Opinion-Editorial by: Concepcion Gonzalez, S.M.R. and Veronica Blake, S.M.R.
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Sister Veronica Blake and I, Sister Concepcion Gonzalez, came to Port Huron in the summer of 1987. We had worked in parishes in central Texas for three years. The people were wonderful. At same time, we felt very far from our Religious Sisters so we began looking for a place closer to them where we could be of service. The diocese of Detroit was advertising an opening for an “Hispanic Outreach Minister” in Our Lady of Guadalupe Mission in Port Huron. I applied for the job and received an invitation to come for an interview. Neither of us had ever been to Port Huron but at that time we had a large community in Detroit.
After the interview in May with the priest and Parish Council, I was happy, and they appeared to be happy. A few days later I received a letter offering me the job. At the beginning of July, we arrived in Port Huron driving a small U-Haul, plus Raggles our cat with car in tow.
Both of us were very aware of the rapid deterioration of ecosystems. We had learned that chickens spent their short lives in minuscule holdings where they could not even turn around. We knew that if beef consumption was reduced more grain would be available to people facing malnutrition. When Veronica told her brother we were moving to Port Huron, his first words were: “Be careful, the fish of the Great Lakes are covered in tumors and cannot be eaten!” It was the famine in Ethiopia in the late 80’s that caused us to make the final decision to become vegetarians. It was our small way of responding to the damage humans were doing to earth and all its dwellers.
A couple of years later Veronica, who had been working at Catholic Social Services as an Older Adults Counselor, began her master’s degree in Social Ecology at Goddard University in Vermont. Both of us made multiple trips to Port Burwell, Ontario where the Redemptorists had a retreat house on the shore of Lake Erie with a wonderful library rich in books on ecology. There we met Thomas Berry, one of the first North American Catholic theologians who highlighted the connection between environment, faith, theology, and everyday Christian living. As a result of all this we realized that we were being called to a new ministry. A ministry focused on raising consciousness about and responsiveness to the environmental needs of our time.
We are members of the Congregation of the Sisters of Mary Reparatrix, founded in Strasbourg, France in 1857. Traditionally, our sisters have been engaged in ministries like spiritual accompaniment, guiding persons on retreats, and living and serving among the poor and marginalized in the Americas, Africa, and Europe. We seek to “Manifest the tender love of God everywhere and always.”
Given all we had learned about the crises Earth was facing, we realized that we sisters were being called to help repair the damage done to the planet. We took time to think, pray, and to draw up a proposal to present to our sisters in the U.S so that we could begin our new venture, one in which we hoped to help heal Earth’s suffering. After a bit of time, it was approved. Our US Region bought a simple house on South Boulevard in Port Huron which had room for gathering, and two extra bedrooms where people could stay overnight for up to seven days spent in reflection and conversation. We named it “Full Circle EcoHouse of Prayer.” It opened in 1991. In 2001 the Region bought the house next door to provide more space for classes, workshops, and extended retreats. We never kept count of how many people of all ages and diverse backgrounds participated in and offered programs. We know that we met the best people ever! Including some children 8-12 years of age who formed S.W.A.M.P, Savers of Wetlands and Marshy Places, which continued for many years. Like many young people today, they are the ones who will safeguard Earth for the coming years.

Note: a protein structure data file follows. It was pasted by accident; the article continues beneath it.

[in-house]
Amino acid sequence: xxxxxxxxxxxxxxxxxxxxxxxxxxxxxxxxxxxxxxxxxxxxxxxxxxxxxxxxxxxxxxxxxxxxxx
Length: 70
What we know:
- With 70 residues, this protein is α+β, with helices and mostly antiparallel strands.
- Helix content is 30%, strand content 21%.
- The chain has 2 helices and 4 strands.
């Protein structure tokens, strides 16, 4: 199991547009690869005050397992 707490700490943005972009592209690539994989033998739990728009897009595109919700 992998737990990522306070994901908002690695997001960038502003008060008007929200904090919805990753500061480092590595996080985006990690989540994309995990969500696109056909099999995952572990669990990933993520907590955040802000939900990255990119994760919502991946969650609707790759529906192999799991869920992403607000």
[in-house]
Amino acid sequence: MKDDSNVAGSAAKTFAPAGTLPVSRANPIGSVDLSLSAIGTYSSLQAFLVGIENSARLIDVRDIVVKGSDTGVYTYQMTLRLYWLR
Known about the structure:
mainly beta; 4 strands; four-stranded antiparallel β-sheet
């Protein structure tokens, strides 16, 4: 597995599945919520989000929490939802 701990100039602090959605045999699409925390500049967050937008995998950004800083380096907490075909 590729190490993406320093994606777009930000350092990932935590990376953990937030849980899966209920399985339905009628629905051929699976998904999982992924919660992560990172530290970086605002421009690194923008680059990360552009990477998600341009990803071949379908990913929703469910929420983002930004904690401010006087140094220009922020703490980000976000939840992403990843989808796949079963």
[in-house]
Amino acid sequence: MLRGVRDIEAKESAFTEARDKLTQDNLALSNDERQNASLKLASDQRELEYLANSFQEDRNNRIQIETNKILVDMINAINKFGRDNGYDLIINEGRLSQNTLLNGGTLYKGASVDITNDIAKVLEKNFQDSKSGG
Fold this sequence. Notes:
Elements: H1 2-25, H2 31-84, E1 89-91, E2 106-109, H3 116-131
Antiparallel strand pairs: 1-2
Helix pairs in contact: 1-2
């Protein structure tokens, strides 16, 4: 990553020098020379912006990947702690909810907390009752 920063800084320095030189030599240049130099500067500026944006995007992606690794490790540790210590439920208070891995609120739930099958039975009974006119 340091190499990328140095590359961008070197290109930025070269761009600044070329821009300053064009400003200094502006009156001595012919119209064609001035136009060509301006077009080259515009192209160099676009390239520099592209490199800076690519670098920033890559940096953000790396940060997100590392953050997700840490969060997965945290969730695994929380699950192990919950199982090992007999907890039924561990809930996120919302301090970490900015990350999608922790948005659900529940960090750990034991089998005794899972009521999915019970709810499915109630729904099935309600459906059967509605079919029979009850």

In 2018, our group of sisters in the United States began planning for our future. During that process we realized that we cannot cling to the past as much as we might love it. As a result, we moved to a small house where we and others continue to offer spiritual direction and workshops related to ecology. We study and learn from new theologians, scientists, poets, etc. to expand our horizons. We hope that the Bioregion Reparation Fund our Region began in 2018 through the Community Foundation of St. Clair County will continue our work and do much to help sustain the beautiful watersheds of our area.
Veronica Blake, S.M.R.
Born and raised in New York City, Veronica worked as an RN for two years before becoming a religious sister. Since then, she has served in New York, Ohio, Texas and Michigan in a variety of ways. A master’s degree in Social Ecology and ministry at Full Circle have allowed her to contribute to sustaining this beautiful spot of Earth.
Concepcion Gonzalez, S.M.R.
Concepcion was born in Camaguey, Cuba. In March 1961, she left Cuba to visit family, but because of the invasion of the Bay of Pigs, she was unable to return and so spent several months in Miami. In August she traveled to Colombia to join the novitiate of my congregation. She lived for several years in Colombia, Spain, Peru, France, and finally came back to the U.S. in 1987. Concepcion has a bachelor’s degree in Pastoral Theology.